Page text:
Enterprise Mining Co

O Scale Narrow gauge Railroading


The Enterprise Mining Co is constructed on a pair of layout sections as a generously sized diorama built by Laurie Green. Laurie is a prolific builder and continues to move onto new projects once a concept is proven and completed for public show. The structures combine elements from various geographic locations into a typical mining scene. Functional features are apparent in all of the buildings and mining structures.  The home-built construction from timber shows in the loading hopper, water tank and buildings. 

This diorama was completed in early 2000 and has subsequently found a new home when Laurie sold it to regain space for his modelling.

Scenes from the Hill

Taking a long view from across the valley we see that the mine has water in abundance from the adjacent creek. Timber also abounds on the hills and production is full swing.  There is little space for the railroad so the track and buildings are strung out along the side the hills.  The "ENTERPRISE" looks successful, and it is.


 A box car from the right is ready to be shunted on the loading spur at hopper.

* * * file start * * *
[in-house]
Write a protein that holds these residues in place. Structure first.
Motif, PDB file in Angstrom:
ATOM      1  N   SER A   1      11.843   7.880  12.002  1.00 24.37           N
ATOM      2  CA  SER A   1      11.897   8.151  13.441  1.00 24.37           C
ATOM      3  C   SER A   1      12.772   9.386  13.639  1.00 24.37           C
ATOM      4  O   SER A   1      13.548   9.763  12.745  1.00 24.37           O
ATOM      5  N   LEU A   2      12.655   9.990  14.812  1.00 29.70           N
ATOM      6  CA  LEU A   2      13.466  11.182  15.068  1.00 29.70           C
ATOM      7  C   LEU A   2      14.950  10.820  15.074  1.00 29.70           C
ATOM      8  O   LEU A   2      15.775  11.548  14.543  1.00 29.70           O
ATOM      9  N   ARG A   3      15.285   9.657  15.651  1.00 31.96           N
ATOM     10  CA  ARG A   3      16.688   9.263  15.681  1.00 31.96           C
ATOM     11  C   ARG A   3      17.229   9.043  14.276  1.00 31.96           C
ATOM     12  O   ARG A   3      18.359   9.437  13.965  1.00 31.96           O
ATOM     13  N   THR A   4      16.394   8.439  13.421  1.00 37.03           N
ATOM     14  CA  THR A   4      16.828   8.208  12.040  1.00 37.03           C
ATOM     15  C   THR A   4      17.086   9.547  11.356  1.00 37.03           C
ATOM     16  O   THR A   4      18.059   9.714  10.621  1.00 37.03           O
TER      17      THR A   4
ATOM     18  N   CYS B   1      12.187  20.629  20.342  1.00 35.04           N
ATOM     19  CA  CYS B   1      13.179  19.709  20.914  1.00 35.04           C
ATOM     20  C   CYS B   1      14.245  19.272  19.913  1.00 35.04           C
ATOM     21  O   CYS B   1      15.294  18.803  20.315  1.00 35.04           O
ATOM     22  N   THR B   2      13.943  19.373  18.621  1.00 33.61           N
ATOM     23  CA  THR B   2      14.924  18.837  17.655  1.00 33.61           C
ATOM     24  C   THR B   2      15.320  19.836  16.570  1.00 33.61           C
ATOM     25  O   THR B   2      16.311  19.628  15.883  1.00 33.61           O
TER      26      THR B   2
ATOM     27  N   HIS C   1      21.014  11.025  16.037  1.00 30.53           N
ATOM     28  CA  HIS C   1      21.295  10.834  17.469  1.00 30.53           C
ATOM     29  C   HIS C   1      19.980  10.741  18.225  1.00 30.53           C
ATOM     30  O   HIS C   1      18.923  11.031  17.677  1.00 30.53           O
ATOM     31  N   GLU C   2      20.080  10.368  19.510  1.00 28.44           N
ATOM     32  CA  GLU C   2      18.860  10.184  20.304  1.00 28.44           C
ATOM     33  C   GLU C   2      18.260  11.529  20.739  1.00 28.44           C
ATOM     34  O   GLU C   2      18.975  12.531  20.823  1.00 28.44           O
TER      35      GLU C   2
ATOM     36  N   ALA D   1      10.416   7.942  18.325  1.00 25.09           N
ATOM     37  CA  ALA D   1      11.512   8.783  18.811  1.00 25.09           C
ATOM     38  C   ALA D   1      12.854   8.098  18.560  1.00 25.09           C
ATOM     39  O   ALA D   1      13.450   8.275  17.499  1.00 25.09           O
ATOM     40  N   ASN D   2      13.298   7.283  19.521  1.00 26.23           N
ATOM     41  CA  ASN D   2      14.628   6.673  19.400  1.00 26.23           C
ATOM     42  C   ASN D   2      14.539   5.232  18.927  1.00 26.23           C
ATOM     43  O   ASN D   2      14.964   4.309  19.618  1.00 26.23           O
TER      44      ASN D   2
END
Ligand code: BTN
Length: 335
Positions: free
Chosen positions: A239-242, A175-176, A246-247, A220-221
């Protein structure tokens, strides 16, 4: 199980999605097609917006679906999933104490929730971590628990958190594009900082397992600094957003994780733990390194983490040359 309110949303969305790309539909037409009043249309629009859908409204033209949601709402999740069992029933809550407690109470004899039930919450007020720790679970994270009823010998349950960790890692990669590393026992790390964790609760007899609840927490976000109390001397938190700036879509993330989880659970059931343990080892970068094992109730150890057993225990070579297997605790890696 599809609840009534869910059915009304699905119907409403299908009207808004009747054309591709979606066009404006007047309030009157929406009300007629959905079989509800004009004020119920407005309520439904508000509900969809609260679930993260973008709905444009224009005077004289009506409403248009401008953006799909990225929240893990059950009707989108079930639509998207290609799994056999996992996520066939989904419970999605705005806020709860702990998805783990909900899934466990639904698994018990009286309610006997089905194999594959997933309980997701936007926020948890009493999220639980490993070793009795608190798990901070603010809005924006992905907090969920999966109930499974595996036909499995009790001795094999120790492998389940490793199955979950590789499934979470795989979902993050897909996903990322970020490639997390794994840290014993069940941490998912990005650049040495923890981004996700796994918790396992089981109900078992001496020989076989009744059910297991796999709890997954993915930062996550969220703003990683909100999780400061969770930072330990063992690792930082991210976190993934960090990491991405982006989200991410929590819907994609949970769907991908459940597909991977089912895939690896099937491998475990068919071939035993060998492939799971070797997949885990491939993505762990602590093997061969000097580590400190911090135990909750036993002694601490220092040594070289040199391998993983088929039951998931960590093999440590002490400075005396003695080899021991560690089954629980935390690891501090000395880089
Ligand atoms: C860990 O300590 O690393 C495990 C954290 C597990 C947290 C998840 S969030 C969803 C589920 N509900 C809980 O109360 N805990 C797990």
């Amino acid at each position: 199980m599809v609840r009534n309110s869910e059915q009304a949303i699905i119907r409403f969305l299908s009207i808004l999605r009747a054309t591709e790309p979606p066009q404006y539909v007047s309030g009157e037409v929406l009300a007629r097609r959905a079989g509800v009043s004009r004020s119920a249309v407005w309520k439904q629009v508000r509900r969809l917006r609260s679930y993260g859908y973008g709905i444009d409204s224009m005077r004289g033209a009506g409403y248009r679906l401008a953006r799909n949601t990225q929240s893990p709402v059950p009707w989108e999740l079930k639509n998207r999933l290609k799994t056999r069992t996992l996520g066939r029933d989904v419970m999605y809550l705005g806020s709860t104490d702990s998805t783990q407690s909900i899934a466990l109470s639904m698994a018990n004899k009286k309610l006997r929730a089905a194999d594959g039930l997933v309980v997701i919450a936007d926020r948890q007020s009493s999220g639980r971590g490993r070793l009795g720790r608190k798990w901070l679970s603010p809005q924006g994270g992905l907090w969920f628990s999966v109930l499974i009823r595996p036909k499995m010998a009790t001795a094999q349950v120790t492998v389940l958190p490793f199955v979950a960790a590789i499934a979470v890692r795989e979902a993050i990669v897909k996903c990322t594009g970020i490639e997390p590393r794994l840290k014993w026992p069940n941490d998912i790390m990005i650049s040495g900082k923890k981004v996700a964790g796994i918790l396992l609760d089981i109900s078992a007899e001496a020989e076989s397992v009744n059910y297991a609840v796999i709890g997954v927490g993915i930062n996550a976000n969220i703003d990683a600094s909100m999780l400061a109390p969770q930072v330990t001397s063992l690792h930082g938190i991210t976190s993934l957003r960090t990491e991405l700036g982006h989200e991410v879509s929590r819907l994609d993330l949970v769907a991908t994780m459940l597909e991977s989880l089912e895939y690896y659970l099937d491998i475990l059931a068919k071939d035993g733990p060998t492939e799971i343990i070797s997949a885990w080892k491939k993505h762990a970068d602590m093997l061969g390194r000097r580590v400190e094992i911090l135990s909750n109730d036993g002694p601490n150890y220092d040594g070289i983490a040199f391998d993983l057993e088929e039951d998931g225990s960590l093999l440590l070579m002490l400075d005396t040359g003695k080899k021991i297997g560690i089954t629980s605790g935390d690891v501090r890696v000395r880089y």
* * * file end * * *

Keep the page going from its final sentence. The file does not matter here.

The machinery shed for the mine hoist dominates the hopper structure and loading spur, whilst the mainline curves away to the left following the side of the hill towards the bridge and tunnel.

    The Loco shed

Loco sheds are essential at mines.  There are not only loco servicing like bearing shims, leaking valve stuffing boxes and lubrication tasks to do but as well this is the engineer's workshop to build special rolling stock, repair smaller mine machinery and overhaul components.  The model is of  a time when everything was constructed on site.

From a distance the loco shed appears deserted.

Colour and finish are consistent.  The structure has been grafted onto the slope of the hill and vegetation excluded by the ballast and traffic, nevertheless shows how it creeps back to retake the area cut from the natural alpine forest which had been here for so long.

When the pay dirt runs out the mine will die and the forest will slowly return.

 The roof has already rusted even though the structure is not old.  It is likely that the snow has been allowed to lie on the lower roof.  This is not high country and it is not snow country. There are therefore no shutters on the windows and the roof is pretty flat over the side rooms. It is functional as everything in mines must be.
The loco shed is of course entirely of timber and may in time become the victim of fire.  For the present it is ready for work.  The tools, wheel stands, spare parts are all there, creating a workmanlike clutter.
 Laurie Green has been a member of NMRA for over twenty years and is a Master Model Railroader earned in the NMRA modelling awards program.
Homepage AusRailBuz - or Email to [Ian Petherick]